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GUE Cave DPV

Course Outcomes

GUE’s Diver Propulsion Vehicle (DPV) Cave course is designed to cultivate mastery-level skill in the use of underwater propulsion vehicles in the cave environment. Other course outcomes include: reinforcing the outcomes of GUE’s DPV Level 1, managing the ramifications of using multiple DPVs and stage bottles, and environment-specific applications. 

Prerequisites

Applicants for a DPV Cave course must:

  1. Submit a completed registration form, a medical history, and a liability release to GUE Headquarters.
  2. Be physically and mentally fit.
  3. Hold insurance that will cover diving emergencies such as hyperbaric treatment (e.g., DAN Master-level insurance or equivalent).
  4. Be a nonsmoker.
  5. Obtain a physician’s prior written authorization for the use of prescription drugs, except for birth control, or for any prior medical condition that may pose a risk while diving. 
  6. Be a minimum of 18 years of age.
  7. Have passed GUE’s DPV 1 course or secured a waiver from GUE Headquarters.
  8. Have passed GUE’s Cave 2 course.
  9. Have a minimum of 50 Cave 2 dives beyond certification.
  10. Own a GUE sanctioned DPV with sufficient burn time for the cave environment.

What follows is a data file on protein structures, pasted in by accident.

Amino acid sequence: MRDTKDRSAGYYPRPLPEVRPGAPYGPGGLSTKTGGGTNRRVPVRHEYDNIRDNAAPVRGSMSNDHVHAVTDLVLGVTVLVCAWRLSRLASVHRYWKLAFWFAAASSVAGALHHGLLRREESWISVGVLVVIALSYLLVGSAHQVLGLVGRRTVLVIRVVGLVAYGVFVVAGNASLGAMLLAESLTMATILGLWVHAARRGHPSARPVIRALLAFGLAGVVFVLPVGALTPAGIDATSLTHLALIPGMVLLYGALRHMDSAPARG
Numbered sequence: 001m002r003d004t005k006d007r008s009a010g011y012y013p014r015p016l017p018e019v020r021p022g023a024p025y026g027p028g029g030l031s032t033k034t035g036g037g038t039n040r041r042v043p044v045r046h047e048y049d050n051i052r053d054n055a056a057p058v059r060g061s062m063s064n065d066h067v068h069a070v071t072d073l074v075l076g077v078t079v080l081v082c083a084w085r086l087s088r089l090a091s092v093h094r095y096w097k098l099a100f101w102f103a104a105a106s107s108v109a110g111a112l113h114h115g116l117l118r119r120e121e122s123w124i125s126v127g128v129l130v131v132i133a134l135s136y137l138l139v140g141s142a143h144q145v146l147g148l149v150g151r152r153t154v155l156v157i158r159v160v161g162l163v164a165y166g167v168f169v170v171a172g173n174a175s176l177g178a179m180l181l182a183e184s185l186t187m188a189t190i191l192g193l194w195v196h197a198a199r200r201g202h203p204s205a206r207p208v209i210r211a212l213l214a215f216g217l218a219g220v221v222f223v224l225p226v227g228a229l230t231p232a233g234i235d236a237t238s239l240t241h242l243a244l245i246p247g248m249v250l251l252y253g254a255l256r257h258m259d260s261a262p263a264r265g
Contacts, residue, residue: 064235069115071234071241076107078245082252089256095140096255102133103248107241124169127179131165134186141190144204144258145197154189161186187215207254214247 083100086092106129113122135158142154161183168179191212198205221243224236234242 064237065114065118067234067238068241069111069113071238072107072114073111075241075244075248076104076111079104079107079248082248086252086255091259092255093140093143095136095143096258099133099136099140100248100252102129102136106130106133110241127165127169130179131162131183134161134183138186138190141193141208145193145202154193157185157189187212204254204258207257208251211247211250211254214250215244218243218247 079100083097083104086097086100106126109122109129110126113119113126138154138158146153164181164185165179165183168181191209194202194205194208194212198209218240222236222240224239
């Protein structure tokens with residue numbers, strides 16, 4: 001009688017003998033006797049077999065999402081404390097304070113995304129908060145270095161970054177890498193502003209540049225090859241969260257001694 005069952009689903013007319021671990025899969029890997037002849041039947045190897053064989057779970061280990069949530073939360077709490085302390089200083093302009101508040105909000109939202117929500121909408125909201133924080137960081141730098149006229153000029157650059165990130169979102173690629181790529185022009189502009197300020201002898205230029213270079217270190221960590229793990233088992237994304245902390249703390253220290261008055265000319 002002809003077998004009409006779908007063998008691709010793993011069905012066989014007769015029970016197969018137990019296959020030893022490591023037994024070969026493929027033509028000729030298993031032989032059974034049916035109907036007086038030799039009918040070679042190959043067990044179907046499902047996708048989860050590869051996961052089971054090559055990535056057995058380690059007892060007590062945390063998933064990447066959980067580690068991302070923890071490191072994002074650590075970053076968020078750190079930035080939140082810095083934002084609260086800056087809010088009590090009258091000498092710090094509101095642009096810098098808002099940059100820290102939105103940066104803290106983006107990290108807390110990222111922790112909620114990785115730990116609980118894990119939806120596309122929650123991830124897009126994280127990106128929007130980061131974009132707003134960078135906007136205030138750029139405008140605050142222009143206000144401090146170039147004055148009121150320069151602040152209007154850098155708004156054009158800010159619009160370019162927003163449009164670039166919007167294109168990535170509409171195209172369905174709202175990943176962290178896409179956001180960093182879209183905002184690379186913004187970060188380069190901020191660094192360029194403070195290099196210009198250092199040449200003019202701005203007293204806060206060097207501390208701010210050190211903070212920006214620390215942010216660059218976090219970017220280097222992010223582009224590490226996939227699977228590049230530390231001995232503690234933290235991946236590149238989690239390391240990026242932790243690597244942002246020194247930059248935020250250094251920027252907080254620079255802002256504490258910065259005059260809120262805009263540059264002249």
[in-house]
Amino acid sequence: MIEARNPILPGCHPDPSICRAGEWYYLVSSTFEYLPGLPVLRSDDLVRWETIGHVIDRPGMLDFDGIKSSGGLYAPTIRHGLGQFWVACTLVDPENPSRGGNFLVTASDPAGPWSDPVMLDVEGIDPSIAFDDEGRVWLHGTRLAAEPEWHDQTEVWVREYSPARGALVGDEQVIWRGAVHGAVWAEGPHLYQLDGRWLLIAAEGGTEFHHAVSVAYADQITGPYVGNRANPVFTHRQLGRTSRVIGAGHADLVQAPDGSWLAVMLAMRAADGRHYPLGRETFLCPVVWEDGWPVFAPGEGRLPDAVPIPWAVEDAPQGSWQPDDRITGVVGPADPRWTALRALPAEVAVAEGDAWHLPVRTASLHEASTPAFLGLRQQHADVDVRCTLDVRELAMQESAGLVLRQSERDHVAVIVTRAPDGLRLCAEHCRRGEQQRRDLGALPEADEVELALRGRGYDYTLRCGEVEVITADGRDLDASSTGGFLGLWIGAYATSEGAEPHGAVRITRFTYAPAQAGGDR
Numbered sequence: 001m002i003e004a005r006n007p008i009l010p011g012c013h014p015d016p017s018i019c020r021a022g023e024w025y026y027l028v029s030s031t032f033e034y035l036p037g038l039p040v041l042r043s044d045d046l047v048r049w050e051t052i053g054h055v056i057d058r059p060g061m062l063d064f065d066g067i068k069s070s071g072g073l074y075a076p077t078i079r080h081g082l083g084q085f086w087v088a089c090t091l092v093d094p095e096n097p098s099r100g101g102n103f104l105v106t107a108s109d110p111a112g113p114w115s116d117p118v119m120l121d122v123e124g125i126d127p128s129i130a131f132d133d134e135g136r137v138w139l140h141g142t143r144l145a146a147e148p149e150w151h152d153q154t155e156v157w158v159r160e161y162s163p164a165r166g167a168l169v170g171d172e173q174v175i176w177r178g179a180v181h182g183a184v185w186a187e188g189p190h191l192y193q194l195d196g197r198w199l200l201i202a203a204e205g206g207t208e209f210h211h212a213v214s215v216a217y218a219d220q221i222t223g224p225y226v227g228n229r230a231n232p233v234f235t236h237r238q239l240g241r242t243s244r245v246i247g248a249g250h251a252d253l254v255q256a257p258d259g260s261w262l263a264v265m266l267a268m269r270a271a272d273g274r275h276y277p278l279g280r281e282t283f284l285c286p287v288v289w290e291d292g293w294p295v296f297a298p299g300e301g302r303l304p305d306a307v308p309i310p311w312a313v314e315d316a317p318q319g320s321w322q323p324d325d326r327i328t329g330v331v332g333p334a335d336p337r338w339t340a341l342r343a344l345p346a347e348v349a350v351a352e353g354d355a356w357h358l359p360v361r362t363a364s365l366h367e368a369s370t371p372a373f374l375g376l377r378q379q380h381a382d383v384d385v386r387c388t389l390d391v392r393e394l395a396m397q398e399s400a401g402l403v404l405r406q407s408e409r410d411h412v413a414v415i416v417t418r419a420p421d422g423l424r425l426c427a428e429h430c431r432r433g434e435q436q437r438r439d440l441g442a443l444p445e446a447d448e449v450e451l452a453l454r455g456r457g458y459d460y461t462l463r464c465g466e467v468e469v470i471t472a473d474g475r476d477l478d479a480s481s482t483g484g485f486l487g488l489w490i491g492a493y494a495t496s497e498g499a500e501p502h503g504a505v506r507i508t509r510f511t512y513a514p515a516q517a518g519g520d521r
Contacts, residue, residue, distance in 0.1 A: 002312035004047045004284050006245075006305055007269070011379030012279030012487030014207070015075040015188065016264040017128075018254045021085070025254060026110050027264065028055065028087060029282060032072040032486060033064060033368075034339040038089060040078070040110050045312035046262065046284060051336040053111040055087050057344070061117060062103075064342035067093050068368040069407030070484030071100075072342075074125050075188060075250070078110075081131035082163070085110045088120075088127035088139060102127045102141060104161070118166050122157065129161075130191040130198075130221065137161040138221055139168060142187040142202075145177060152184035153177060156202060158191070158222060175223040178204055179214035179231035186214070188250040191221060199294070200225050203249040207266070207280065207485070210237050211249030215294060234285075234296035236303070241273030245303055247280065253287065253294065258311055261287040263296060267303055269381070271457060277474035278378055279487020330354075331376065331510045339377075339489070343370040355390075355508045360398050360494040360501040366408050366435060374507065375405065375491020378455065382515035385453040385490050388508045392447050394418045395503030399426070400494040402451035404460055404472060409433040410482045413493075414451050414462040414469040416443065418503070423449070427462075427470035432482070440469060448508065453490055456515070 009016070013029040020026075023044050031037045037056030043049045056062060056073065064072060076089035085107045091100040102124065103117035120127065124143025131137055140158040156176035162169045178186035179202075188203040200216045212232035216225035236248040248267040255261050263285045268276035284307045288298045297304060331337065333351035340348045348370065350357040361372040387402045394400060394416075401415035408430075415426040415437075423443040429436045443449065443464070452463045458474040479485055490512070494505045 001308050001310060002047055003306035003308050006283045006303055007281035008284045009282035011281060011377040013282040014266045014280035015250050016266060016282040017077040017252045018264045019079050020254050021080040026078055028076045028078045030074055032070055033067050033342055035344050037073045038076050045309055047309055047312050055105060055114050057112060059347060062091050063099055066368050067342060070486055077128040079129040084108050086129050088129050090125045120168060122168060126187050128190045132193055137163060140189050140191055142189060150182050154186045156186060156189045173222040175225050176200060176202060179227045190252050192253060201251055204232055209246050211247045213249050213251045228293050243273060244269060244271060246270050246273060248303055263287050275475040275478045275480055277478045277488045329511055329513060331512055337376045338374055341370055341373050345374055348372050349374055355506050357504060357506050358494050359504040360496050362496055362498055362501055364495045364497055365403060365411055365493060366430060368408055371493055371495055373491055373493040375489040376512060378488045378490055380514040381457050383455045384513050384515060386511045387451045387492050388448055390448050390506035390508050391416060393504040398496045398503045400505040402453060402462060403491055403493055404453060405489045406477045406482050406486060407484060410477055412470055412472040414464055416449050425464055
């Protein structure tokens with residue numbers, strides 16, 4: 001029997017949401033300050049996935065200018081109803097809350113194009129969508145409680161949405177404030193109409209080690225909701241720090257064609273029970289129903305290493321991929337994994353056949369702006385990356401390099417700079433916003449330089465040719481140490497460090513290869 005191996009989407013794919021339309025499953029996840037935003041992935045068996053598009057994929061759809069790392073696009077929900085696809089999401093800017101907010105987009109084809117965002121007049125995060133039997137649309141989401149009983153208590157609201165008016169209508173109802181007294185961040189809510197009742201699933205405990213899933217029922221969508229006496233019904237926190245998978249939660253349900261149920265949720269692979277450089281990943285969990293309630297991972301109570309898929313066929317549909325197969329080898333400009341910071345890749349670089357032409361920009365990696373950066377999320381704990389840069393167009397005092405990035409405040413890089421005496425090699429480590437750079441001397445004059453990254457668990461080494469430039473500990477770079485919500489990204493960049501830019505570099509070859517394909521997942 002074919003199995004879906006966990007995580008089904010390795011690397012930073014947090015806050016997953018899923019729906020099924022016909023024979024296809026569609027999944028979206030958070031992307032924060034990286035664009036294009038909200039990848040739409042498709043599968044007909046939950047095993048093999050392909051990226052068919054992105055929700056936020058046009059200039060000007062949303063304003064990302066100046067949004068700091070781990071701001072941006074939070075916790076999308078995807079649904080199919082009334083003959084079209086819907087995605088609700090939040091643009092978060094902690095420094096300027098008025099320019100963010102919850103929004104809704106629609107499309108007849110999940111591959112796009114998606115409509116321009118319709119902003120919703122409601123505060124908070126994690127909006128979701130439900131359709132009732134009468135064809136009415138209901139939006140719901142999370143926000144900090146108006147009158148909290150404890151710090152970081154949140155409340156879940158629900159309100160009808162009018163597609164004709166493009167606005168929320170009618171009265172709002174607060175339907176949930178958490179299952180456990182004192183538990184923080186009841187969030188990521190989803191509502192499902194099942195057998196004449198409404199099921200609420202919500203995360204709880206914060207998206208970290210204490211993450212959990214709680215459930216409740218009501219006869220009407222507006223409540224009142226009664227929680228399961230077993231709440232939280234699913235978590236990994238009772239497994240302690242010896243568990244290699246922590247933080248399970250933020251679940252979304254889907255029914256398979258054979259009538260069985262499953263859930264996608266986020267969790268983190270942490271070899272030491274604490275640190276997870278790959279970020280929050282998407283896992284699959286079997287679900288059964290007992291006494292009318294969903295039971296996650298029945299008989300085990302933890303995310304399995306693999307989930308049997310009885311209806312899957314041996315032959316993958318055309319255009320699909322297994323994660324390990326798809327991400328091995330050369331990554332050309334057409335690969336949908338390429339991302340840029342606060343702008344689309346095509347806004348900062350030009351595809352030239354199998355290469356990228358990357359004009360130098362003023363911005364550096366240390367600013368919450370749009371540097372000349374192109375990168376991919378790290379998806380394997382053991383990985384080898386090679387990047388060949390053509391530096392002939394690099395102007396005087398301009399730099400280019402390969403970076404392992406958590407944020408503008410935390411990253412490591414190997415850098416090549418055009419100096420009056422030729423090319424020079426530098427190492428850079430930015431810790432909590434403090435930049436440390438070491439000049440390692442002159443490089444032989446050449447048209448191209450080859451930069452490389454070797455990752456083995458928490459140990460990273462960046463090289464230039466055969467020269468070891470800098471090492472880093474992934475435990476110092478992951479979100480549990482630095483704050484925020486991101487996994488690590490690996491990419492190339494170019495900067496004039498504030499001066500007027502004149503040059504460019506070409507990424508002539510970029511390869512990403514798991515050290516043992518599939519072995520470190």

Course Content

The DPV Cave course is normally conducted over five days and includes seven dives and a minimum of 40 hours of instruction, which encompasses classroom, land drills, and in-water work.

DPV Cave-Specific Training Standards

 

  1. Student-to-instructor ratio is not to exceed 3:1 during land drills or surface exercises, and cannot exceed 2:1 during in-water training.
  2. Maximum depth is not to exceed 100 feet/30 meters.
  3. Minimum starting visibility of 30 feet/9 meters.

 

Training Materials

The Diver Propulsion Vehicle Cave course is largely an experience-based course; training materials will consist of handouts that will be distributed to trainees by their instructor during the course.

Academic Topics

 

  1. Introduction: GUE organization and course overview (objectives, limits, expectations)
  2. Equipment considerations
  3. DPV components
  4. DPV maintenance
  5. Leashes (lengths, knots, lanyards)
  6. Stage and decompression cylinders
  7. Exposure suit for the cave environment
  8. Dive planning (operational, team, support, objectives)
  9. Matching different speeds while using a DPV
  10. Emergency procedures (includes: gas sharing, towing diver, and run away scooter)
  11. Gas planning
  12. Trigger time and multiple scooter use
  13. Towing a DPV
  14. Stage management
  15. Line use (installing, following, and retrieving)
  16. Managing, switching, dropping, and stowing DPVs

 

Land Drills

 

  1. Proper position while using a DPV
  2. Ready position
  3. Runaway DPV
  4. Switching DPVs
  5. Dropping DPVs
  6. Use of a primary light while operating a DPV
  7. Team order and protocols
  8. Use of spools and reels
  9. Navigation 
  10. Pre-dive drills

 

Required Dive Skills and Drills